“I’m not dead yet,” he said, laughing.

* * * * *

A month or two later, I fumbled with the key to my front door. Two of Paul’s daughters came out of his house. They looked tired and stretched.

“Oh, Shawn,” one of them said. “I’m glad we caught you.”

“Are you okay?” I asked.

They both sort of smiled through a cloud of sadness, and I realized they had been crying.

“My father passed away last night,” one of them said. “He’s gone. He’s gone.”

She said it twice like that, as if she didn’t quite believe it herself, as if she would need to go on saying it for quite some time before the truth of the thing would settle in.

* * * * *

We had various conversations with Paul’s daughters for the next few months as they came and went, taking out a box of things here, a box of things there. The boxes didn’t look hard to carry, but they were heavy, if you know the weight of sadness, the density of lost things.

I found out at some point during those visits things I had never known about Paul and also about his wife who had passed away before we had moved in. Like how much she had loved that house. Like how it had been her idea to paint the trim of the house purple and light blue and how Paul had done it willingly because he would do anything for her. How they had spent so much time in their back courtyard together.

And how, one day many years before, she had fallen there in the courtyard, striking her head on a planter. She died soon after that.

There are empty courtyards all around us, growing high with weeds. Maybe we let the weeds grow, so we don’t have to see the beauty of a thing anymore, the heart of the sadness. Maybe we let the door open because, why not? Let the thieves come: everything we cared about has already been taken.

* * * * *

I’ve wondered if I should have asked Paul more questions about his wife. I’ve wondered. But I’m okay with the quiet times we shared, each of us to each, each of us on our own porch, each of us watching the cars and people pass on James Street. I’ll not soon forget that quiet night at three in the morning, the three of us sitting in the hot summer night: Paul, Leo, and I. It’s strange to think that Leo’s first summer on earth was Paul’s last. It’s strange to think these things are happening all the time, all around us, if we’ll only open our eyes.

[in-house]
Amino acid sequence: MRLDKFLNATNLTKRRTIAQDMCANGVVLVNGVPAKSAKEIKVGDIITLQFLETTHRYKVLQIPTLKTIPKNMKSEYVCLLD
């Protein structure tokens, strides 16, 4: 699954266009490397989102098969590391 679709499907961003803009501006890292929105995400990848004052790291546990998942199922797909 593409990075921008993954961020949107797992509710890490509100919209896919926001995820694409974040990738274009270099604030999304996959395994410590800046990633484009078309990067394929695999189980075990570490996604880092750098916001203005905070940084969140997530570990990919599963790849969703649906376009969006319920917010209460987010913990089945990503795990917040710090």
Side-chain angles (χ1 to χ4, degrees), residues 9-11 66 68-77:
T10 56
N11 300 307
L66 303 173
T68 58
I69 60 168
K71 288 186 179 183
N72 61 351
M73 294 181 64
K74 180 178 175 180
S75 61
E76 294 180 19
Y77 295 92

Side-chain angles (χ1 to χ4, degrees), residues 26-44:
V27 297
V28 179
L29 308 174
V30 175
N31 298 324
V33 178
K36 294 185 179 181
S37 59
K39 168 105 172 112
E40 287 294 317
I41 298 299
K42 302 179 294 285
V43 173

When Asked If They Were “Beautiful” or “Average”, This is How Most Respond


When I first saw the ad for this video on Facebook, I thought, Meh. It’s for a soap company. I’m sure it’s silly.

Yet the image was of a woman standing in front of two doors, one labeled “Beautiful” and the other labeled “Average.” The main reason I clicked on the video was because I had to know which door she chose.

But as I watched, I realized this commercial for Dove was getting at something very important, something that didn’t have anything to do with soap. The central premise revolves around a question we are confronted with every single day, and the way we answer it will determine a lot about our lives.

What do you think about yourself?

In this video, women were presented with a situation where they had to very publicly say what they thought about themselves and walk through the door they believed best defined them: either “Beautiful” or “Average.”

96% chose average.

Every day we’re asked similar questions, in different ways. Every day we have to decide if we are beautiful or average, intelligent or average, creative or average, handsome or average, funny or average, a talented writer or average. Beloved or average. Every day.

How do you answer?

Take three minutes and watch this video to see how these women answered the question.

Check out the look on the faces of those who finally label themselves as beautiful – I don’t know about you, but I see relief, joy, and a childlike giddiness.

And notice how many could only walk through the “Beautiful” door with the help of a friend…